“The more I become involved with the Warriors, the more impressed I am with Peter (Kelly, operations director), Jason and the way the teams react to their strategies, objectives and budgeting connected with that.

“There has been a great deal of time invested by the management team and departments in very considered budgeting, what money is needed to grow those departments.

“Each has grown in one way or another with extra staff, investment in the stadium facilities, renovation projects. There is a lot going on but everything we spend is carefully considered.

“It is not just about throwing money at something. One of the worst things that can happen to any sports business is a billionaire playboy coming in and spending as much money as he wants until he gets bored of it.

“Working towards break even, proper commercial acumen being involved in every decision is the best way forward and it is not just about cutting, it is about investing in the business to the point it gets to break even.”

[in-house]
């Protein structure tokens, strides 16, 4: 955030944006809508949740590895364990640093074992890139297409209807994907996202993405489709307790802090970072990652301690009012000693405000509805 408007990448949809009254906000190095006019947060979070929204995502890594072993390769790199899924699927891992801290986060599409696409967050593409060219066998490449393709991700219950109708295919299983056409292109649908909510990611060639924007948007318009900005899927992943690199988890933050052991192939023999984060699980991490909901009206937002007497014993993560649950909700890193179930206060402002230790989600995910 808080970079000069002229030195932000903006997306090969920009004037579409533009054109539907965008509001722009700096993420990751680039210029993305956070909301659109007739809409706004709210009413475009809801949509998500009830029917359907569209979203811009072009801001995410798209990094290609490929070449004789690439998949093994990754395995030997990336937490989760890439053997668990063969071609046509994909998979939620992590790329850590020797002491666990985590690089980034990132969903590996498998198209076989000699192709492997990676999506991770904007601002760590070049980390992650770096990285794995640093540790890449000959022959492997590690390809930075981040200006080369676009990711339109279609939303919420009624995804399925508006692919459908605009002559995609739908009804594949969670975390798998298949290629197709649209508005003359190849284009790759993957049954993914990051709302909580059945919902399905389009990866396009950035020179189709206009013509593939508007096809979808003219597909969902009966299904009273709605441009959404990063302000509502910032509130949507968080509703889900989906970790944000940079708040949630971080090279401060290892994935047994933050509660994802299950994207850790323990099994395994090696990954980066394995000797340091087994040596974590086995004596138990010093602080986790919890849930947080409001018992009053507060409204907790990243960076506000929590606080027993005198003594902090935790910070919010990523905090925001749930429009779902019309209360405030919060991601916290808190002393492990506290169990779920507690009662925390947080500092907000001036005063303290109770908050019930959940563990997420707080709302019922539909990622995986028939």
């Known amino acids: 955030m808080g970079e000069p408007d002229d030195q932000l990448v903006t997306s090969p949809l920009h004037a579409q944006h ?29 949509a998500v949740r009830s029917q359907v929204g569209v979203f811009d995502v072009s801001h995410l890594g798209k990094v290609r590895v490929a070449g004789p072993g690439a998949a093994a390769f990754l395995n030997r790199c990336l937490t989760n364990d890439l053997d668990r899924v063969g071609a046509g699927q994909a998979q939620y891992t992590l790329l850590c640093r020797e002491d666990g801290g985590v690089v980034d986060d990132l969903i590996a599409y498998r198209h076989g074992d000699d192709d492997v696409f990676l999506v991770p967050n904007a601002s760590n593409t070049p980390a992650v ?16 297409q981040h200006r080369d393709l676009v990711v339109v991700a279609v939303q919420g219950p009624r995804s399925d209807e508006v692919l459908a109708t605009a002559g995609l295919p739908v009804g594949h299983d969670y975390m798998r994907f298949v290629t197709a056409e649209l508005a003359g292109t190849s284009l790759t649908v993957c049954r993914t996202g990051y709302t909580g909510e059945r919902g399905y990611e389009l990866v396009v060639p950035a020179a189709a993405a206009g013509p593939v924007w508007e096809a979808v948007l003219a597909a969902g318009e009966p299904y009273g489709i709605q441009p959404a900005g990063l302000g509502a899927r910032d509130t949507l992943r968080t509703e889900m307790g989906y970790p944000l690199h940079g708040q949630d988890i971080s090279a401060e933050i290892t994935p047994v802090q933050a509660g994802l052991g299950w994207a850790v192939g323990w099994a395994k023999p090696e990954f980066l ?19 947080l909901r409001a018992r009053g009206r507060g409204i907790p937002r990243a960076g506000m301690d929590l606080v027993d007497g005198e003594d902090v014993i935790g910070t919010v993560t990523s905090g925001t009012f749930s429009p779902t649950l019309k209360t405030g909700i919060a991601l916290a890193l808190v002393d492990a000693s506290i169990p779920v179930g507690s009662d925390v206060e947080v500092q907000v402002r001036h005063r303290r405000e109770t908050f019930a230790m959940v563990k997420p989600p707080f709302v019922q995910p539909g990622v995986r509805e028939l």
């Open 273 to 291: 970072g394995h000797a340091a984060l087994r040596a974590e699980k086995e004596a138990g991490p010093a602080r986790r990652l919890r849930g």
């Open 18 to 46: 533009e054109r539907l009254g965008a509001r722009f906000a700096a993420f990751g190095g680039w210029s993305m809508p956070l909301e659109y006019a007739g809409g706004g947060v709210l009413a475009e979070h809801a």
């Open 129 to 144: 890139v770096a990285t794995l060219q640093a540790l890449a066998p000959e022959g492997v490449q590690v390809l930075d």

Premiership Rugby sold a 27 per cent stake to CVC Capital Partners Fund for around £200million with £8.2million making its was to Warriors in March 2019 according to information attached to the club’s latest set of accounts.

When the club was up for sale projections from the previous owners showed the business would be capable of profitability by 2020, albeit based on some sharp rises to income.

“Break even in 2020 is not realistic,” said Whittingham.